The continuous advancement of smart phones, regular release of newer mobile OS versions, availability of a vast variety of mobile applications from different application stores and high speed internet connections have totally transformed the way consumers use their mobile devices.
This article explains you the difference between Mobile Web App and Responsive Web Design, and provides a framework for resolving some of the key questions decision makers have. These include what factors to consider when choosing between Responsive Web Design and Mobile Web App, and what type of industry Responsive Web Design is most suitable for.
MOBILE APP OR RESPONSIVE WEB?
There are key differences between responsive web design and mobile apps.
Responsive mobile design generally means that the site is designed specifically for mobile use. It will often be kept under a different URL and will feature subsets of the user’s desktop content that are appropriate for mobile viewing. These pages will adapt to whatever screen size the user desires.
On the other hand, Mobile apps are specific applications tailored to each Operating System that features unique designs and codebases. In our mobile-crazed world, native mobile apps are becoming a popular choice for many sites that want to offer users a top-shelf experience.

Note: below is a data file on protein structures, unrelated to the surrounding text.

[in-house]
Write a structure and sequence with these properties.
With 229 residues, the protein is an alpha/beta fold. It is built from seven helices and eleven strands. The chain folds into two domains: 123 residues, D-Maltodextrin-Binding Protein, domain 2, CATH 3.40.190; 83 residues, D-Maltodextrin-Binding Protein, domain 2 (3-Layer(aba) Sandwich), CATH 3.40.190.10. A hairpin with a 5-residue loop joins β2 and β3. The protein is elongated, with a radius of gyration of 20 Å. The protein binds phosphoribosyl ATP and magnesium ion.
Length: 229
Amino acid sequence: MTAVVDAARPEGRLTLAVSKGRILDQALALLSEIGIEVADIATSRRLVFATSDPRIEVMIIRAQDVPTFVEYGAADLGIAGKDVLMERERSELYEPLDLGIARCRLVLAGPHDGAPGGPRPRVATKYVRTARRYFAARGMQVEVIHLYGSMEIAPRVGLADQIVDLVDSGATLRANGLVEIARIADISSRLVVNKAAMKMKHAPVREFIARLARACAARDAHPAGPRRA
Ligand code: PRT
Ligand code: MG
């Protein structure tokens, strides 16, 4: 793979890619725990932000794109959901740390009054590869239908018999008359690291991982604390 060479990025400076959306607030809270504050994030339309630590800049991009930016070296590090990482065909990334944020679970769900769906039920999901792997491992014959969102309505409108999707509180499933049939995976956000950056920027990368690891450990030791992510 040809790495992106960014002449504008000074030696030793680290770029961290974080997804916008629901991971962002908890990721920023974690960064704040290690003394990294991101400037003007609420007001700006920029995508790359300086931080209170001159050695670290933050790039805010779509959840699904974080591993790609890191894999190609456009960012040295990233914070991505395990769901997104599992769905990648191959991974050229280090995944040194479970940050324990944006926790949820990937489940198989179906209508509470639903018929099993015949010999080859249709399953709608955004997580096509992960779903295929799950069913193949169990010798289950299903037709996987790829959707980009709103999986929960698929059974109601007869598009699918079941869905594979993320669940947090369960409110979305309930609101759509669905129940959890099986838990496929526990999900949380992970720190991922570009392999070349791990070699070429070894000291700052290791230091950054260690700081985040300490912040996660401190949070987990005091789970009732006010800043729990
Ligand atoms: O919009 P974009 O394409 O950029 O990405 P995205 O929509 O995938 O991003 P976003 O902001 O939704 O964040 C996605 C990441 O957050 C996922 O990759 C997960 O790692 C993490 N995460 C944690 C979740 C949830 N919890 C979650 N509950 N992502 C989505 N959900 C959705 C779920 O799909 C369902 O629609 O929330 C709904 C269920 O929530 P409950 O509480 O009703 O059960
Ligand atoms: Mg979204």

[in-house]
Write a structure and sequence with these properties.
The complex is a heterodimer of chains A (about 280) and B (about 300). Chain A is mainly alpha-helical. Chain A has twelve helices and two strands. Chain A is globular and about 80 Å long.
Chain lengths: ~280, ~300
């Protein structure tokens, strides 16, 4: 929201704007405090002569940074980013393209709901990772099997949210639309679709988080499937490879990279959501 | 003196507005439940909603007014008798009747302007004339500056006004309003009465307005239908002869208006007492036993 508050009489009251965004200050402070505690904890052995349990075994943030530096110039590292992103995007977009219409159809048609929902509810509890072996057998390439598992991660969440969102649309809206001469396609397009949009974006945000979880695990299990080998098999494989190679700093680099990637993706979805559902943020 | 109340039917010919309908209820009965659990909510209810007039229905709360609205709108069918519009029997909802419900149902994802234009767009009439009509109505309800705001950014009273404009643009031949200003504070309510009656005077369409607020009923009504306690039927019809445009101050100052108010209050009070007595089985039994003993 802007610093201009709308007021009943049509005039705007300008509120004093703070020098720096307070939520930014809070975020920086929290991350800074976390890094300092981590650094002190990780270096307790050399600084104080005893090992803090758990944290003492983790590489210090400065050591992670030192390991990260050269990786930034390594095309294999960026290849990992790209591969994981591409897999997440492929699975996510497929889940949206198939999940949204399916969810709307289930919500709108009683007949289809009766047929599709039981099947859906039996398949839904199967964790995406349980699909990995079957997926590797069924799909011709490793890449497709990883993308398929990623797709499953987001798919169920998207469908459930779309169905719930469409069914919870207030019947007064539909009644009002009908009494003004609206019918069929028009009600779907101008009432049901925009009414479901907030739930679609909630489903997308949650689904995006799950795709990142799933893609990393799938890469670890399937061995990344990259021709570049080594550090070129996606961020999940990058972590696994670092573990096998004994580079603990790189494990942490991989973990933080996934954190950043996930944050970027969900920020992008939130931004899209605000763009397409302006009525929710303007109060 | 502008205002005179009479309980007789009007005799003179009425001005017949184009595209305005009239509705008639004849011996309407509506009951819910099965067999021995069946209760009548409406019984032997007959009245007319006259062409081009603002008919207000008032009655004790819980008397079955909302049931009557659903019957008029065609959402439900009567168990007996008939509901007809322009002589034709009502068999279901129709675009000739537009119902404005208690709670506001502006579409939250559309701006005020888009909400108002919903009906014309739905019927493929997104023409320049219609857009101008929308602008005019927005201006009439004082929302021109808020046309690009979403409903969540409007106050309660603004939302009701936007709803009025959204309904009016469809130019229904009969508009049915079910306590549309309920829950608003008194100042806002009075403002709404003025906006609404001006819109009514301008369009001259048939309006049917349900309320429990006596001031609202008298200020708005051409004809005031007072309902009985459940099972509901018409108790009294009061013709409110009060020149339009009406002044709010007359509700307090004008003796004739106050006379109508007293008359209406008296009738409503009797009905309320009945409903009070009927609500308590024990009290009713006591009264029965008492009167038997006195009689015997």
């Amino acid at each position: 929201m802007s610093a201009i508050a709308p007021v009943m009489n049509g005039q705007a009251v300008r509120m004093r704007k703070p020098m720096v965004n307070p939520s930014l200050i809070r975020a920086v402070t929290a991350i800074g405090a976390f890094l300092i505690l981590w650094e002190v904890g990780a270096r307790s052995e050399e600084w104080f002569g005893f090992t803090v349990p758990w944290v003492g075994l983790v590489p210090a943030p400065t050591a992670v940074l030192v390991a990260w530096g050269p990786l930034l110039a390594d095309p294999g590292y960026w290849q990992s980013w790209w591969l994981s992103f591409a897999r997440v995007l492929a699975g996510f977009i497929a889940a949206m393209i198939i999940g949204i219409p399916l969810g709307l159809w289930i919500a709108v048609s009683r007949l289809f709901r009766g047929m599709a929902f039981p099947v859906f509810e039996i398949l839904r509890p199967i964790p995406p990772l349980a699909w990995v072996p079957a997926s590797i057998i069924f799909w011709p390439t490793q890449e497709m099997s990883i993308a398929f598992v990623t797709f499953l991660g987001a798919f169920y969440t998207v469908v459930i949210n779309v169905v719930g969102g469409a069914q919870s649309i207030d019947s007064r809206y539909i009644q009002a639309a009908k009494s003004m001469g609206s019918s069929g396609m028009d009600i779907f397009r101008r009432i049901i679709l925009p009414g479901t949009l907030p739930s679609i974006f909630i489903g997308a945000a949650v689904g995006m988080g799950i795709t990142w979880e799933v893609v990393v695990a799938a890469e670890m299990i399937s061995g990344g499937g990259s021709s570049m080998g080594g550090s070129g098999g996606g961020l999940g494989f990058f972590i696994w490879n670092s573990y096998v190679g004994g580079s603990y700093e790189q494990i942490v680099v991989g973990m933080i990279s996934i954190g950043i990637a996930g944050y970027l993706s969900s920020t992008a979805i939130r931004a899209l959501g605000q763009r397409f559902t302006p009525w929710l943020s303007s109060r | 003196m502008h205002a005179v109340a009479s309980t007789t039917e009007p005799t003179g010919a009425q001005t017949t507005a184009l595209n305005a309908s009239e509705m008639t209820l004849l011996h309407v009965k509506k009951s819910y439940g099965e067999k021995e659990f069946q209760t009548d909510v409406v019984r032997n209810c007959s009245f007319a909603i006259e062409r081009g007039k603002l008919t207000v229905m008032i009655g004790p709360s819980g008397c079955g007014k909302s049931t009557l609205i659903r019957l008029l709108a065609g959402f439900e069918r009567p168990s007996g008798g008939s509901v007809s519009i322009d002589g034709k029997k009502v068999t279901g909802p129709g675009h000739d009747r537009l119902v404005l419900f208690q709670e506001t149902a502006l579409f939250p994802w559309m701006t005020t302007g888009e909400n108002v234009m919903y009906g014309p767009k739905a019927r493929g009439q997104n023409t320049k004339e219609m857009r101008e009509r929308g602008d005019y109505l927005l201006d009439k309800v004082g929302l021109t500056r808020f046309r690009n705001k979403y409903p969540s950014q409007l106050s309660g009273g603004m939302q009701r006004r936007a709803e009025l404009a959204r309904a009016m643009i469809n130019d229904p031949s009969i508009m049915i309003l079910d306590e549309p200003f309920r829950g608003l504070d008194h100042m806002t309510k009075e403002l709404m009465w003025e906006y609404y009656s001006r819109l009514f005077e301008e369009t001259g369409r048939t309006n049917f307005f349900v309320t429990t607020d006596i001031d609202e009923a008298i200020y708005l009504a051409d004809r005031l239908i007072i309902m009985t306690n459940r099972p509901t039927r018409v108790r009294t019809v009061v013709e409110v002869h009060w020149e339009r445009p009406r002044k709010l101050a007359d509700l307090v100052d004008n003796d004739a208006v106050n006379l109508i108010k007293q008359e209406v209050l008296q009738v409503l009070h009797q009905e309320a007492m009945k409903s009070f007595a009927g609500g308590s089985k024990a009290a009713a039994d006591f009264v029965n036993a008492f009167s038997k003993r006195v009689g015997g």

THE ADVANTAGES OF RESPONSIVE WEB DESIGN
Creating mobile responsive mobile websites is the older, and perhaps less fashionable, of the two options. In most cases, the profits of responsive web design encompass two critical areas:
Time: Launching a mobile site is a quicker process than designing an application. Nearly all businesses these days need mobile sites to stay competitive, so creating a responsive mobile experience is the least that developers can do.
Cost: Responsive web design is comparatively cheap when measured against the costs of designing a native mobile app from the ground up.
THE ADVANTAGES OF MOBILE APPS
Mobile apps take time to create and are more expensive, but they feature several benefits in other areas:
Functionality: Apps feature greater functionality than mobile-oriented sites and it allows to customize and built into the device’s OS. This means that apps can easily integrate with other features and tools in a device as well as support functions that are not possible with web-based HTML5.
Speed: Mobile apps are designed top to bottom with proficiency. Apps usually have faster loading times than web pages as they are not disordered with unnecessary site elements. The user experience is optimized.
Brand Recognition: Nothing can beat a native app for brand awareness and marketing. With accessible desktop shortcuts, mobile apps put you front and centre on each user’s phone.
Top 3 Responsive Design Testing Tools You Should Know
Based on the concept of responsive architectural design, the ground breaking approach of Responsive Web Design was created. With the perpetually evolving nature of technology and the copious releases of newer and better devices, it was necessary that this approach be formulated.
Having appreciated the efforts of the pioneers behind the RWD approach and the technology itself, let us now shift our attention to the requirements of the contemporary market. The cut-throat competition, the increasingly prevalent emergence of complete web based businesses and the abundant availability of smartphones has increased the importance of RWD for clients.There are many testing tools in the market that check the transitions and assess compatibility but out of the plethora of options available, three stand out.